Needless to say, I’ve had me a mess of Sazeracs… some good, some not so good, and some that changed the way I think about cocktails in general. You see, I have always been from the “More is better / Too much is never enough” school of thought. And that’s how I liked my Sazeracs… made with 100* rye, with lots of Peychaud’s, a solid teaspoon of sugar syrup, and a heavy rinse of absinthe in a frosted glass, lemon peel bruised and bossy in the bottom of the glass. Not that there is anything wrong with a Sazerac made this way – it’s hot and spicy, sweet and fragrant. And this was how I thought a Sazerac should taste.
Until… I was introduced to a more subtle cocktail. One that I watched being made with a lifted eyebrow, prejudiced, ready to denounce the establishment, but had a taste unlike any before. Sorry, I’ve been watching a lot of Deadwood lately. So here’s my new recipe for the ‘rac:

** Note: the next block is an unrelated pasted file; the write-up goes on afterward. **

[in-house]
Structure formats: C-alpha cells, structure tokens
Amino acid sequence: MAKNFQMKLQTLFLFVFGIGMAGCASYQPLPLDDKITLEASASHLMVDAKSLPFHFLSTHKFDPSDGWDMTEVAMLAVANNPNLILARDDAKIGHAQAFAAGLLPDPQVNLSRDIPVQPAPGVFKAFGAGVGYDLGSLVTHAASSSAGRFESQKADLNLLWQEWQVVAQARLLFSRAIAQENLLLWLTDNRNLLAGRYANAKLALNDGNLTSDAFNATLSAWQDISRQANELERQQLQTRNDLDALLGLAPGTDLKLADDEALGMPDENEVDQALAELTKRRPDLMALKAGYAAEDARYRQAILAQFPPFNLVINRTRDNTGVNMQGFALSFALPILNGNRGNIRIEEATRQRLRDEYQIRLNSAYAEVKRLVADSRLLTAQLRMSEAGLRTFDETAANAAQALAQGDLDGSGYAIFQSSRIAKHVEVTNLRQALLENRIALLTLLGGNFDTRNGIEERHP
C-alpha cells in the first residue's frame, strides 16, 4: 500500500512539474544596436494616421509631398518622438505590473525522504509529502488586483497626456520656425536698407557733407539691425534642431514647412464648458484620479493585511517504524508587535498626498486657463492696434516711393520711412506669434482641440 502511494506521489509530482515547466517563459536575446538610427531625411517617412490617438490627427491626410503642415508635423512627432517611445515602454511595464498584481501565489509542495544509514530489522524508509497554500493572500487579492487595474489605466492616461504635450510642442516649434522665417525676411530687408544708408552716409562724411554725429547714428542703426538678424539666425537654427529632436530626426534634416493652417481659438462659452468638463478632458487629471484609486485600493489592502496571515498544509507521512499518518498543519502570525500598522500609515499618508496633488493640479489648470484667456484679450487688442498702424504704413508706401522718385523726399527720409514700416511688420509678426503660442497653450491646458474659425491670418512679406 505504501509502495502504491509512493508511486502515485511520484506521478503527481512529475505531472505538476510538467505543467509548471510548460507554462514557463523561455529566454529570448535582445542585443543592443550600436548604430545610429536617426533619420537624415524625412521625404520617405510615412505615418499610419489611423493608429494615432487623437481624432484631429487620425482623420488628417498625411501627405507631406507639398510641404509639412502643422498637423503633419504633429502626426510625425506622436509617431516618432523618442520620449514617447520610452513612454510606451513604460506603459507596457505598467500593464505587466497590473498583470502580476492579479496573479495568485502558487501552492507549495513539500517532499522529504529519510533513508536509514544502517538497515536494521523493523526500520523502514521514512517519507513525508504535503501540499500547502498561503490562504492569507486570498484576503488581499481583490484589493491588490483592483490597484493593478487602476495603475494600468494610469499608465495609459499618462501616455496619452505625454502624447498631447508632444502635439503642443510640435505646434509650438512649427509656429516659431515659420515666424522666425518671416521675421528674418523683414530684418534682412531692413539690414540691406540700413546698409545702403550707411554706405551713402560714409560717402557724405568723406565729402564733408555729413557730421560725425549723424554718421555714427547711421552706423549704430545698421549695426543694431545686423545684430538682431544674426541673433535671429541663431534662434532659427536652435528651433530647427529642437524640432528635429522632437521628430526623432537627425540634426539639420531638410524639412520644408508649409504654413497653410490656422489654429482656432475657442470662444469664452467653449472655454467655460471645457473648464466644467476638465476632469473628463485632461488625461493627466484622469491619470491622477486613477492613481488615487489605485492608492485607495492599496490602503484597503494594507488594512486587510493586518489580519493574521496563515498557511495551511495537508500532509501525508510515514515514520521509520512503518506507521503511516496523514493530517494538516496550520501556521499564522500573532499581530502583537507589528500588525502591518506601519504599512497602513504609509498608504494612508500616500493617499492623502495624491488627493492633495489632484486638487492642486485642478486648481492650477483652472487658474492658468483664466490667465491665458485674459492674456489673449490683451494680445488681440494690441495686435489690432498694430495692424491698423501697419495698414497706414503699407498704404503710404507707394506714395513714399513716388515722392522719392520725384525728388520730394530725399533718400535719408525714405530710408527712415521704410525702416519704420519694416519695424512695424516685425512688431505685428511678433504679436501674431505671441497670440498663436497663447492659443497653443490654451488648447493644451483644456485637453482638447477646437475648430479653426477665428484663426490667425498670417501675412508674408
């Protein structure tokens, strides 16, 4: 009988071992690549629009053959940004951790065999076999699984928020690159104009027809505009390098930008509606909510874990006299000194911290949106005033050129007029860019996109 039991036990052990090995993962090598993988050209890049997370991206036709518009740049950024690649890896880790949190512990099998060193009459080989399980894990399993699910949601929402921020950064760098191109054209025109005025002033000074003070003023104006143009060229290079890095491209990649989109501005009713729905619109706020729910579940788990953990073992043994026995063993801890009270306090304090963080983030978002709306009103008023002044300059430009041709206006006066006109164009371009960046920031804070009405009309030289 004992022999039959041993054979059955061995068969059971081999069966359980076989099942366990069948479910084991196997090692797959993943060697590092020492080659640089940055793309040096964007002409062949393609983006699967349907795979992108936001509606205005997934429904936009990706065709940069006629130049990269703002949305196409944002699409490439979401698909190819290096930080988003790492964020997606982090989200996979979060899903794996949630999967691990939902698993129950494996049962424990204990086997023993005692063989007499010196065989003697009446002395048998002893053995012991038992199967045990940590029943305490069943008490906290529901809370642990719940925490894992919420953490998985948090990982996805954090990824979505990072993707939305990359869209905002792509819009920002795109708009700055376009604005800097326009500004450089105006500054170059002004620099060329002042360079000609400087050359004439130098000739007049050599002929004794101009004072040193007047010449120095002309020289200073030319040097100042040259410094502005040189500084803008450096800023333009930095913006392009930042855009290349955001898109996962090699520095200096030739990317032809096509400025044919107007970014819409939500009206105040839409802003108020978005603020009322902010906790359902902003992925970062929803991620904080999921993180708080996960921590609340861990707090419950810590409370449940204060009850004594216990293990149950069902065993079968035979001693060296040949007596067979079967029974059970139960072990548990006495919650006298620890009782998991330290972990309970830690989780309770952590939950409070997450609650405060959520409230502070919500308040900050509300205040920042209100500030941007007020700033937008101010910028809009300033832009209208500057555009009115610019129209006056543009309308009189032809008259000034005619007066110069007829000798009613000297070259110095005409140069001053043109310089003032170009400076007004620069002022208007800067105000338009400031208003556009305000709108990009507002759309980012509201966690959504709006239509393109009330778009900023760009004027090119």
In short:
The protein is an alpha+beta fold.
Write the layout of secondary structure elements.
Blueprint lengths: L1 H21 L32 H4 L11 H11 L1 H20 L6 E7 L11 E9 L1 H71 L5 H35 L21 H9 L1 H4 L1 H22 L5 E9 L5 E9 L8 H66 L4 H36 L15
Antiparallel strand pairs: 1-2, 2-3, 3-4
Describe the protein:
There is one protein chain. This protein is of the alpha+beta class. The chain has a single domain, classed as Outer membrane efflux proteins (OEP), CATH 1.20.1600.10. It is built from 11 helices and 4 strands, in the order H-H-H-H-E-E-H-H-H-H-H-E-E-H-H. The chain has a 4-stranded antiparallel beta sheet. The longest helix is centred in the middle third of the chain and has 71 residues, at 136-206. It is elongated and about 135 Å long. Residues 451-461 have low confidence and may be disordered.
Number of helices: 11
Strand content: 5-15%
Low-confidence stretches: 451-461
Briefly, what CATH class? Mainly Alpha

The Sazerac Cocktail
3 oz. 80* Old Overholt or 80* Rittenhouse Rye
½ tsp. demerara syrup
2 dash Peychaud’s bitters
1 rinse absinthe
Take an old fashioned glass and dash a bit of absinthe into it. Swirl the absinthe around, until it’s completely coated the sides of the glass, and pour out any remainder. Then, rye, bitters, syrup into a mixing glass or shaker. Add three or four large ice cubes – the biggest you can get. This is so they melt as little as possible and thereby don’t dilute the booze. Stir for at least 30 seconds. Pour the drink into the glass, straining out the ice cubes, and squeeze a wide strip of orange peel over the drink, spraying the surface with the oil. Take the peel, rub around the edge of the glass, and discard. And enjoy that bastard…. You’ve earned it.
***PS, if you’ve got a nice bottle of brandy or Cognac sitting around, you could also use this instead of the rye without chaffing to many asses. It’s a bit sweeter of a cocktail, but works particularly well in the aforementioned stripped down recipe.